Choosing a nursery
Cradling your newborn, it's hard to believe that your bundle of soft flesh will ever even vaguely resemble the hulking great school kids up the road. Sooner rather than later, however, you too will become an active participant in the Great British obsession of education, education, education.
State nursery schools and classes have a minimum ratio of two adults to 20-26 children. One must be a qualified teacher, the other a qualified nursery assistant.
Private day nurseries ususally have a higher ratio of staff, whose qualifications depend on the ages of the children.
For under-fives, nursery schooling takes over from general childcare from the age of around two and a half in the private sector, and three and a half in state pre-school units. So, scarcely is the babe out of nappies before the agonising begins - where to send our precious little mites to start their way in the big, wide world?
You're under no legal obligation to send your child to nursery - keep them at home if that's what suits you. But if it doesn't and you've ruled out an all-day childminder, then your choices are between:
- Playgroups - or preschool groups - run in the local community, for a few hours a day (you may be expected to help out once a week)
- Private nursery schools
- State nursery school or nursery unit of a primary school
The childcare you choose will obviously depend both on your child and whether you work so need your child to be looked after for a certain number of hours a day. Playgroups usually offer shorter hours and parents are more heavily involved than in nurseries.
Finding a nursery
Your GP or health visitor may also know of nurseries in your area, plus there will be information in your local phone directory and library. Failing all that, you can, of course, ask on Mumsnet Talk and check the listings on your Mumsnet Local site.
A range of educational labels is attached even at the preschool stage, particularly in the private sector.
Montessori schools aim to develop the child's whole personality and attach particular importance to the child's appreciation of their surroundings.
Steiner schools' stated aim is to foster imagination and creativity; they don't introduce formal education before the age of six, concentrating on creative play rather than the 'three Rs' from around four years old.
What to look for when choosing a nursery
Many parents send their children to a playgroup or nursery because they think it's good preparation for school.
"My son went to a lovely caring playgroup at two and a half. No 'school' atmosphere - lots of cuddles, very cherishing. Then at three and a half he did a year at the nursery attached to his school. That was great too, as he got to meet all his cohort for reception and he was 'ready' by then for the school-type feel of the nursery." morocco
At the age of two or three, your child may still seem small but they'll be on the Early Years Foundation Stage ladder and the government has plans for them to learn all sorts of things.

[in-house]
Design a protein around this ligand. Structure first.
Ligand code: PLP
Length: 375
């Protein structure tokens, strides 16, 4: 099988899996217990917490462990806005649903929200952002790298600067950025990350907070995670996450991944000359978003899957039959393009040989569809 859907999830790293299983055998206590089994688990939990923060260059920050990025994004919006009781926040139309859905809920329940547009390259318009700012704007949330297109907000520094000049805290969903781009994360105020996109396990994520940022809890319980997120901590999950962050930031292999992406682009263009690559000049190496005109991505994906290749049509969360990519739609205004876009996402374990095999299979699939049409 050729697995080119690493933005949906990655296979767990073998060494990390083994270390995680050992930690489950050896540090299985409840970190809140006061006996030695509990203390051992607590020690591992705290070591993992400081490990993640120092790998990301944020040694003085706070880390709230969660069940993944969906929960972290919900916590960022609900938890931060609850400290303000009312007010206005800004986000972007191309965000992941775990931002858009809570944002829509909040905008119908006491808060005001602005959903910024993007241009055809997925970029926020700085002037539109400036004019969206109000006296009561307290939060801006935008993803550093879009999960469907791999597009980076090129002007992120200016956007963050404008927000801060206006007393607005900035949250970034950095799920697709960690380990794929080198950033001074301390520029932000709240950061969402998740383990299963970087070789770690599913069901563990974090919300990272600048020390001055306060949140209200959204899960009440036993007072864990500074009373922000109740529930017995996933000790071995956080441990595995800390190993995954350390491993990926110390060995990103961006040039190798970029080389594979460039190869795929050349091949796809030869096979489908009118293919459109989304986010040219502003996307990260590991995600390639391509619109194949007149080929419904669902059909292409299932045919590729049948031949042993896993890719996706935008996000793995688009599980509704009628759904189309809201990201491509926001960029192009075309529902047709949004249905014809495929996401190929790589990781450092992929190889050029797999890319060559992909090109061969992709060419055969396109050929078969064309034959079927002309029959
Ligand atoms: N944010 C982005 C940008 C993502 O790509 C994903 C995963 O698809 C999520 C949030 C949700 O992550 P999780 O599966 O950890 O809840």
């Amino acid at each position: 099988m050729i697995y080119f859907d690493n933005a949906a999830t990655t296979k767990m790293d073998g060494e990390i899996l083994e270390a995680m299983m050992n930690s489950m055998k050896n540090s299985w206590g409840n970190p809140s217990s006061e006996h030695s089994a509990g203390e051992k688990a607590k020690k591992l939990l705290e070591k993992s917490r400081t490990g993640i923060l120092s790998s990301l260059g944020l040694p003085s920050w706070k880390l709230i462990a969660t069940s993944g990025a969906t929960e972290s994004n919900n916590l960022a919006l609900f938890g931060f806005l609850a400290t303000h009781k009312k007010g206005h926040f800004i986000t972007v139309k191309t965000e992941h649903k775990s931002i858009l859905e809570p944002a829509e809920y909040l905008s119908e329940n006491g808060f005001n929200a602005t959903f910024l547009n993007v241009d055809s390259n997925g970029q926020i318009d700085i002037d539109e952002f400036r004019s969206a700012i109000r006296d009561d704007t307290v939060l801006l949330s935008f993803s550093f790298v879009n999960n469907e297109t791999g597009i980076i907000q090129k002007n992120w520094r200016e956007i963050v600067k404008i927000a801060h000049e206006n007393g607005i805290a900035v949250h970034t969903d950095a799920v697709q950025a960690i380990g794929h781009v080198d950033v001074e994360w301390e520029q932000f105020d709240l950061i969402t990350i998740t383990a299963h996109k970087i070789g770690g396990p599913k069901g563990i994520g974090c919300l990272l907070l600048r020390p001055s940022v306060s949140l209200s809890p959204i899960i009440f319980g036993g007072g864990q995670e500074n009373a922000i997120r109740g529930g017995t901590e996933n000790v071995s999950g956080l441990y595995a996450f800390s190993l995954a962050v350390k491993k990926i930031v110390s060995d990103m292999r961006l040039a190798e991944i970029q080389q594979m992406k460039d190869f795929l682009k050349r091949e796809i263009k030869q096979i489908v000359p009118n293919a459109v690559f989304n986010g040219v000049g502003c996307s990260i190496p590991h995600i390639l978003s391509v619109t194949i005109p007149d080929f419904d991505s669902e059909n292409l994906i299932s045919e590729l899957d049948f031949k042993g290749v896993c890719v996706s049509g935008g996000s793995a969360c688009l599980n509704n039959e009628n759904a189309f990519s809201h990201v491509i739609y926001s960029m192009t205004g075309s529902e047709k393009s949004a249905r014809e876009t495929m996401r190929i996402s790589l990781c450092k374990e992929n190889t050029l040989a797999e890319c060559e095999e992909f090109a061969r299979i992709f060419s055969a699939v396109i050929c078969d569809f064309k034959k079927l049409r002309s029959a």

There are lots of different types of nurseries – big ones, small ones, ones owned by national corporations, small independent nurseries, council-run nurseries, and nurseries that may be affiliated to local schools. Each will offer something different, and what meets your needs will depend on your family and your requirements.
It's worth booking appointments to view a selection of nurseries so that you can meet the staff and see how the nurseries are run.
Most Mumsnetters agree that it's caring and confident staff who make all the difference.
"Bottom line really is the feel of the place. The nursery my son is in had that feel when we went in - happy, homely, clean etc and that combined with the Ofsted report, answers to questions etc, decided it for us." PussinJimmyWhoooos
"Both times I have chosen nurseries on gut feeling. I have just felt comfortable with the atmosphere, the children seemed happy, and I 'clicked' with the staff straight away." Fairymum
Mumsnetter and nursery-owner NurseryJo suggests the following questions when weighing up different options:
- Do the children look well-stimulated, sitting down at activities, engaged by the staff?
- How is the day structured and what sort of activities are built into the timetable?
- Does the building look well-kept, safe and secure?
- How many of the staff are qualified?
- Does it have good quality outdoor play areas? If so, how often do children get access?
- Does indoor and outdoor equipment appear of good quality?
- Do they cook food on the premises?
- What are the menus like? Do they include a good combination of fresh (rather than tinned) fruit and vegetables?
- Do you have confidence that the nursery manager possesses strong leadership skills, is well involved and has a 'hands on' approach?
Many parents choose somewhere based on recommendations from other parents, plus it's a good idea to read your preschool's Ofsted report.
Small staff turnover (as in not turning over much) is a strong indicator of whether the place is happy, settled and well managed.
"There is a very low staff turnover - so ds can still say hello to people that looked after him when he was younger - and nursery staff are careful to ensure there is good sharing, caring and that quieter children are not left out." Mistlethrush